I am also pleased to see the network-led events supplemented by local events delivered around the university. These will all be listed in the recently published Campus News article, and include:

  • Becoming a Disability Ally - A discussion hosted by the School of Education on how best to be an ally of disabled people, both at work and in the community
  • Disability and Learning Experiences: Student Perspectives – Hosted by Nottingham University Business School and aimed at both academic and professional staff, this event aims to increase awareness of a range of cognitive differences such as dyslexia and autism and how they affect student learning.
  • Exploring Disability Disclosure and Support among University of Nottingham Staff: Challenges, Barriers and Opportunities – hosted by the Faculty of Medical and Health Sciences, this webinar is open to all staff to explore the barriers to disclosure and highlight the resources and good practice available to support disabled staff and line managers in their duty of care.
  • ‘Let’s just talk!’ How disabled colleagues can benefit the whole team – a podcast discussing what it means to have a deep understanding of the social model and draw on learning gained through participants on the Nottingham’s CALIBRE programme.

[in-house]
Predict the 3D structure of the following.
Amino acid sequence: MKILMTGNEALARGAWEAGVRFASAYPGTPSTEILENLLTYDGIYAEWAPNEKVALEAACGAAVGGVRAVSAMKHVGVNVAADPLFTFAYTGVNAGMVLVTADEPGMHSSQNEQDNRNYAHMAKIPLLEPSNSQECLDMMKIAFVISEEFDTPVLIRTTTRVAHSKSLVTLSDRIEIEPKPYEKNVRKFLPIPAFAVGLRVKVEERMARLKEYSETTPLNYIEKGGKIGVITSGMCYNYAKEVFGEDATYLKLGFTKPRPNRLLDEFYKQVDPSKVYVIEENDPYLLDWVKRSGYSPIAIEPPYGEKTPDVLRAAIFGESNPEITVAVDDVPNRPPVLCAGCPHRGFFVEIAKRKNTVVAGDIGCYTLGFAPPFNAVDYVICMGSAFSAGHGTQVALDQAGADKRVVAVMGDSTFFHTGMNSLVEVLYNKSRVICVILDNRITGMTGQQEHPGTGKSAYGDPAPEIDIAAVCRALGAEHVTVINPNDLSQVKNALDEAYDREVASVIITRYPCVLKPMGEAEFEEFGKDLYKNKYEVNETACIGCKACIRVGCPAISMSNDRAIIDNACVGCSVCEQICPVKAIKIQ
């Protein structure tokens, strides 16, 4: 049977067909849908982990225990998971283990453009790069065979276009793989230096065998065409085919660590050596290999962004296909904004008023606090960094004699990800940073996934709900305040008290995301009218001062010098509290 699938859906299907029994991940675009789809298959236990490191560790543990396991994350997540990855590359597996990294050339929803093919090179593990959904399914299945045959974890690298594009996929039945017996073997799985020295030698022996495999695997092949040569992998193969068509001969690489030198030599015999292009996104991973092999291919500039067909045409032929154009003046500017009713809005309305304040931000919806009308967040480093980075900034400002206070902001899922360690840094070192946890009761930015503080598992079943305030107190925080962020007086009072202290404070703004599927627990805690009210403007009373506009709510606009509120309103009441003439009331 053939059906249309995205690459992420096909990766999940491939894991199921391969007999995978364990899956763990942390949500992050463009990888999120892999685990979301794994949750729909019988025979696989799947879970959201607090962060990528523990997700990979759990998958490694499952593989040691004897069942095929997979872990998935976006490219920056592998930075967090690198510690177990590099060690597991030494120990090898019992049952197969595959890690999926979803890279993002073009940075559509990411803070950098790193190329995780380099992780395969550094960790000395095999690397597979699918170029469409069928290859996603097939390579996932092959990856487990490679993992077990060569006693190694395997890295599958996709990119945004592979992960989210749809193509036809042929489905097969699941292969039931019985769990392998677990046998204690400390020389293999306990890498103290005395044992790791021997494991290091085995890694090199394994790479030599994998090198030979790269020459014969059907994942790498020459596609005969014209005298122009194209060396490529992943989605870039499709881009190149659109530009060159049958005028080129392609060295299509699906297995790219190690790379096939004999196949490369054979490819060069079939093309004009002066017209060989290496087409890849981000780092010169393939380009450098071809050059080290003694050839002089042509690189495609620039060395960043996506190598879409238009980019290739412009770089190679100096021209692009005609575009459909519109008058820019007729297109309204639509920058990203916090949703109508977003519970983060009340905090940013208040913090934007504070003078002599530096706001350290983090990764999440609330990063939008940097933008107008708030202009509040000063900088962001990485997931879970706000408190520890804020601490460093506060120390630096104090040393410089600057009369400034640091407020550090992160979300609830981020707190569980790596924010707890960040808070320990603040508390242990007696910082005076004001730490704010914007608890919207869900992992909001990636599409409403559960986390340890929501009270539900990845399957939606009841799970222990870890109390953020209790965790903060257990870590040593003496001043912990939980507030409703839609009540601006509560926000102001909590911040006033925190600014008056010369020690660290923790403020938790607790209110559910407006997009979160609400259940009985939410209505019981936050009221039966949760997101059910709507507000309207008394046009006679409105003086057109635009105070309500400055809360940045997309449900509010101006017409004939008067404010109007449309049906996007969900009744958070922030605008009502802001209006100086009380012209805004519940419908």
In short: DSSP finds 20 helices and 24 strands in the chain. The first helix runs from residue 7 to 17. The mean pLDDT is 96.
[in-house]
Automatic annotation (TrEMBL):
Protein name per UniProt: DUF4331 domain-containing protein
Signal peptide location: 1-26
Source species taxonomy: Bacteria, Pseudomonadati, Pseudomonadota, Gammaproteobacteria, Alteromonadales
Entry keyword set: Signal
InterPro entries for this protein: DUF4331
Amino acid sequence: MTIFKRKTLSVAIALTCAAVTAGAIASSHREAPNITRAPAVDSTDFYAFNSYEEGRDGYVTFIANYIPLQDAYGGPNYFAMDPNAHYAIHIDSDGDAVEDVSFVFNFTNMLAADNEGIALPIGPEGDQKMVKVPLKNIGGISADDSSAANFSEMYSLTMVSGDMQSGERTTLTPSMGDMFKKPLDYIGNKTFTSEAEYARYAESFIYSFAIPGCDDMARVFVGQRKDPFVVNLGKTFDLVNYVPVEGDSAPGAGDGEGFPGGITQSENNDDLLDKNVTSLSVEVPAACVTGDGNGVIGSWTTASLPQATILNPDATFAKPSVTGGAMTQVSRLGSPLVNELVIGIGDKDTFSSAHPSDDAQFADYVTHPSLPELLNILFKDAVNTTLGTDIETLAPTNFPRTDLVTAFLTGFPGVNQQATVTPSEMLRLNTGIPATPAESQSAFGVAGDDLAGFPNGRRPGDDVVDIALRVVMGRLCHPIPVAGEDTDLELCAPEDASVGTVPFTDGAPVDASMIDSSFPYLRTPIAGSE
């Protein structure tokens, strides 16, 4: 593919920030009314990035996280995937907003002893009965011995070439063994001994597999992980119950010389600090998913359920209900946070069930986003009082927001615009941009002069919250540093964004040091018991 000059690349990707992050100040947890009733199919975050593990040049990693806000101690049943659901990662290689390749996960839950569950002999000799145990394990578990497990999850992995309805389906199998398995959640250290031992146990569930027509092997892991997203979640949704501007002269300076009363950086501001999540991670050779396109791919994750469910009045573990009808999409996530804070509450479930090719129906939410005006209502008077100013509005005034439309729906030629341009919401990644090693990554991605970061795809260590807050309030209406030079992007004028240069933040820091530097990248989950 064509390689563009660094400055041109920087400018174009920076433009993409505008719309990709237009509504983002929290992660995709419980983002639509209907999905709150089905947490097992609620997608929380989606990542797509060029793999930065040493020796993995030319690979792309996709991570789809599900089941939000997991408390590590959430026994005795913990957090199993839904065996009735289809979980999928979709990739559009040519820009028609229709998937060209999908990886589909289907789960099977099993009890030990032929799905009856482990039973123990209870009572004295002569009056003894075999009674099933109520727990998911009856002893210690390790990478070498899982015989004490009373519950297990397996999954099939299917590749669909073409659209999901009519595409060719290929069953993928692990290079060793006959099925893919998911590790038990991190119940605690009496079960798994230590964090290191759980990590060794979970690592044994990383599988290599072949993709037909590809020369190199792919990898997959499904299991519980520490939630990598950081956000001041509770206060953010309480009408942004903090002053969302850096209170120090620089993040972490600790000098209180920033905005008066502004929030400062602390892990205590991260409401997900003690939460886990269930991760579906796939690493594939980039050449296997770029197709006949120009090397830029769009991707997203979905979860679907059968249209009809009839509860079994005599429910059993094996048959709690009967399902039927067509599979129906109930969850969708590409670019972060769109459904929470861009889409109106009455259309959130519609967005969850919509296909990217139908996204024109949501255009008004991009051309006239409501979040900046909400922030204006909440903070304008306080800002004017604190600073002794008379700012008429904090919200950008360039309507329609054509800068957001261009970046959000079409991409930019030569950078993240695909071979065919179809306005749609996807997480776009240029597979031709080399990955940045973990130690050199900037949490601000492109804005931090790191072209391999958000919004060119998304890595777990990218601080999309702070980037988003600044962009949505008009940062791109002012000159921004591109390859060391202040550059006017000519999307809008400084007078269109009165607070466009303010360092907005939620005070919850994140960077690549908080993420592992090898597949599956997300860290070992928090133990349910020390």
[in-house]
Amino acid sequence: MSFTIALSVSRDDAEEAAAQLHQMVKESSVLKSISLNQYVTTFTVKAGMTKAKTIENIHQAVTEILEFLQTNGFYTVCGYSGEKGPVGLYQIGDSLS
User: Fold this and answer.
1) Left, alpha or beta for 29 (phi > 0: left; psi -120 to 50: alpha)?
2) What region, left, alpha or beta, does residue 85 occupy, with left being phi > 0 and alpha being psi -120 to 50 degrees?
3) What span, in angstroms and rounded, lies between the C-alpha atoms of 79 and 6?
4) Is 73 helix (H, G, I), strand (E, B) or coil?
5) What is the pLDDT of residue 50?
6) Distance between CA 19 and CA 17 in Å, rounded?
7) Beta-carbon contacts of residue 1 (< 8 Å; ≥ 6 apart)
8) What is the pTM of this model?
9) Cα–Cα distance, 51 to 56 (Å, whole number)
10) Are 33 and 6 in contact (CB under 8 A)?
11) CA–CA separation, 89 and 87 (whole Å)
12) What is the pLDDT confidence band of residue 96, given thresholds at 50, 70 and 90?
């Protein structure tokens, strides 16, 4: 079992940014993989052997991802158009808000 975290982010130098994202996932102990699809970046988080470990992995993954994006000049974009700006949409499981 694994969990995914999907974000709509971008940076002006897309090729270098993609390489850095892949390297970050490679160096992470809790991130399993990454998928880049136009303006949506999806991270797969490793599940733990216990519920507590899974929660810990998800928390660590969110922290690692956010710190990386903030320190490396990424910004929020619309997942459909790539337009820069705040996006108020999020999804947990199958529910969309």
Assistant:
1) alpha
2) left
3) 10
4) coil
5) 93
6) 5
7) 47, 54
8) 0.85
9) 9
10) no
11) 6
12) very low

One of the other goals of all of our recognition months is to simply encourage students and staff to talk about EDI, to learn about each others’ experiences and perspectives, and to build our understanding of how we can embrace difference and diversity in our community. One of the ways I’ve done this is through getting to know many of my students over the years. Due to the long-term nature of a PhD supervision, I have particularly got to know my PhD students, many of whom have held protected characteristics, and at points we have found ourselves discussing how they have impacted their lives and learning, and how I as a supervisor can best support them. I’m therefore very grateful to one of my current PhD students, Abi Fowler, for allowing me to share this transcript of a recorded conversation we had about her dyslexia, and how she was able to be supported.

As always, thanks to all of those involved in delivering these events which involve a tremendous amount of thought, discussion and planning. Please do all take a look at the events programme, and find an event that you are able to attend. I always learn so much from attending the recognition month events, and particularly value the stories that people are often very brave in sharing.

The more we listen to and learn from each others’ experiences, the more we are able to work together to deliver a truly inclusive university environment for us all.

Professor Sarah Sharples
04 May 2021

Equality, Diversity and Inclusion

Trent Building
University Park Campus